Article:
pack a day smoker for 20 years, plan on mommy makeover in the spring. How long is recommended to quit smoking before surgery?

Doctor Answers 11

Smoker for 20 years. How long to quit before surgery?

Smoking brings a significant risk of cancer, stroke, heat attack, etc. From a Plastic Surgery standpoint it is a vasoconstrictor. Wound healing is all about getting oxygen and needed entities to the wound. It is well known that patient who smoke have a tremendous increase in their rate of serious complications, (infections, wounds falling apart, etc.). Nicotine is the main vasoconstrictor, so getting a patch of nicotine won't help the vasoconstriction. Best to be off the tobacco/nicotine entirely before surgery. Please be honest with your Board Certified Plastic Surgeon. Together you can make a plan to quit and proceed with surgery. The amount of time between quitting and surgery will depend on the Plastic Surgeon and the procedure

Las Vegas Plastic Surgeon
4.6 out of 5 stars 17 reviews

Smoking and surgery

Here are the major points of smoking Tobacco or Marijuana before or after surgery:
1. There is nicotine in tobacco, but not in marijuana. However, most joints are rolled with marijuana and tobacco combination. Nicotine is a vasoconstrictor that decreases blood flow to the tissues. This is the major problems that can cause a very bad outcome in some surgeries. In a breast augmentation, there is not a lot of risk as there are not a lot of incisions which decrease blood flow to the tissues. In a breast lift or tummy tuck, on the other hand, there is much longer and more involved incisions. The decrease in blood flow to the tissues in combination with the decrease in blood flow from the nicotine can cause tissue to die. This can cause part of the breast or nipple, or in the case of a tummy tuck, part of the belly tissue to die, resulting in a very bad outcome. This is especially bad in breast reductions or face lifts. In a rhinoplasty the tip of the nose and the columella, the area between the tip and the lip, is at risk. Your skin and tissue can turn black and fall off if this happens. Marijuana without tobacco does not cause this problem, or marijuana in an edible fashion. Vaporizers do not decrease the amount of nicotine in tobacco, only decrease the smoke. Hookah also does not decrease nicotine.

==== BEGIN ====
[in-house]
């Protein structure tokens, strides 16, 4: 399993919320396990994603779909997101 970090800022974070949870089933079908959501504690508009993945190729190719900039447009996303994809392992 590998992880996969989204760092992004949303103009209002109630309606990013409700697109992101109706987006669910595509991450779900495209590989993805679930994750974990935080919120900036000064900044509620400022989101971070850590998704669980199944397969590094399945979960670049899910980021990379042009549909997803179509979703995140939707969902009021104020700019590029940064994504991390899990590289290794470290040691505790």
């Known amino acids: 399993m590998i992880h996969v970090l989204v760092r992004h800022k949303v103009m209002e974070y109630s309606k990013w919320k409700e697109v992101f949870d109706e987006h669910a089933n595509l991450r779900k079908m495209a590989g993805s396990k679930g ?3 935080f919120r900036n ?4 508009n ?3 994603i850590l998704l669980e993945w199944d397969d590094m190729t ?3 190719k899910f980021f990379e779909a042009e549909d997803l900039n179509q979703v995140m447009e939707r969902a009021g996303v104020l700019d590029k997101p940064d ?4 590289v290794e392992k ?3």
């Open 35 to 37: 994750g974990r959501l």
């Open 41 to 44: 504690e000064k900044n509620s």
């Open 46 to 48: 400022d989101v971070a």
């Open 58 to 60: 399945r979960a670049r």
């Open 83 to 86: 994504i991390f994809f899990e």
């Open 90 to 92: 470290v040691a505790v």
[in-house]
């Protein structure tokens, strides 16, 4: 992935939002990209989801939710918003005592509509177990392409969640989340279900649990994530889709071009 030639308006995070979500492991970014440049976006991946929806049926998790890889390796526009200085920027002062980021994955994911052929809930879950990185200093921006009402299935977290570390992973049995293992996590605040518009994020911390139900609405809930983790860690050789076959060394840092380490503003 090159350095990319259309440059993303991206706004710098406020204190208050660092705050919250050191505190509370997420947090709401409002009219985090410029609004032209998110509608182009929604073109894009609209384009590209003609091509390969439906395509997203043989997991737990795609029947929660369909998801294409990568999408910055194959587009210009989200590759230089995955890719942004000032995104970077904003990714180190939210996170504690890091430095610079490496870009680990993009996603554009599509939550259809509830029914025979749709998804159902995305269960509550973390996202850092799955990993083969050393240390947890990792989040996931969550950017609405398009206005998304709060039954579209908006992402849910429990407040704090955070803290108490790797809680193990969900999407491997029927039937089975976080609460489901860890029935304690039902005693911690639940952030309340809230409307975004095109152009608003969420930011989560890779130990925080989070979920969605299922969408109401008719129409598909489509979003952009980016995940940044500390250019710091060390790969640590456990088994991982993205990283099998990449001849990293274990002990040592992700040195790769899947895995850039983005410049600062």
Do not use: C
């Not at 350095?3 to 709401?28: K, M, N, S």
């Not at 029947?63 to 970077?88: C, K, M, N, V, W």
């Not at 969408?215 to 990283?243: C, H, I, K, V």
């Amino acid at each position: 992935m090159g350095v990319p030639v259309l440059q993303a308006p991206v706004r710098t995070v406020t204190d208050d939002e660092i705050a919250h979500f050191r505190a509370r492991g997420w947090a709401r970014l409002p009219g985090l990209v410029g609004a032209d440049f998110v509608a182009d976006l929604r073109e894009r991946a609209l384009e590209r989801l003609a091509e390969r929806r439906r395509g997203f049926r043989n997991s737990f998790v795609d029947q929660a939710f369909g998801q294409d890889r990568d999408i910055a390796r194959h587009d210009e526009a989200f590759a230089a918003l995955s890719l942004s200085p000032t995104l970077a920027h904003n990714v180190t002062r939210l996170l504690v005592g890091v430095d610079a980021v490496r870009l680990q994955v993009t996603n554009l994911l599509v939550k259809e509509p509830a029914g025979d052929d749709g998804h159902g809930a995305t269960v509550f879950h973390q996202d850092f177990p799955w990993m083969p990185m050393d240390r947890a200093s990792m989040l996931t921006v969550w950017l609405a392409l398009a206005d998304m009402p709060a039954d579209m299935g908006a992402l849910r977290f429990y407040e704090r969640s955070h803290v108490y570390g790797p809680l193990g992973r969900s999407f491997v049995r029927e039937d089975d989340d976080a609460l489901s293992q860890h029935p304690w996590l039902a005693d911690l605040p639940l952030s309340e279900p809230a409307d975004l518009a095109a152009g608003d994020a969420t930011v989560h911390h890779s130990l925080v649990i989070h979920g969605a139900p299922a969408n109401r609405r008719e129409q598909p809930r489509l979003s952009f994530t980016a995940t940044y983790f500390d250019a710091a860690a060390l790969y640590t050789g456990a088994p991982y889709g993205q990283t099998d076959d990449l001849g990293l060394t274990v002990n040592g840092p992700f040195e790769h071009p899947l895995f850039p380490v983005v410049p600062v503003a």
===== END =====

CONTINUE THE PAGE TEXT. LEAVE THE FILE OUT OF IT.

2. There is carbon monoxide in both tobacco smoke and marijuana smoke. Carbon monoxide decreases the oxygen carrying capacity of hemoglobin in the blood. This is different from the vasoconstrictor effect, but has the same result of having the risk of tissue death in conjunction with surgeries that decrease the blood flow to tissues such as breast lifts and tummy tucks, as opposed to an augmentation alone that does not decrease blood flow to as great of an extent. Again, edible forms of marijuana do not have smoke, and thus carbon monoxide poisoning.
3. Coughing. Both tobacco and marijuana smoke disrupt the lining of the lungs and bronchi and can lead to coughing episodes. Coughing episodes can lead to internal bleeding after surgery that can lead to hematomas and complications, and again a bad outcome. Again, edible forms of marijuana does not have this effect.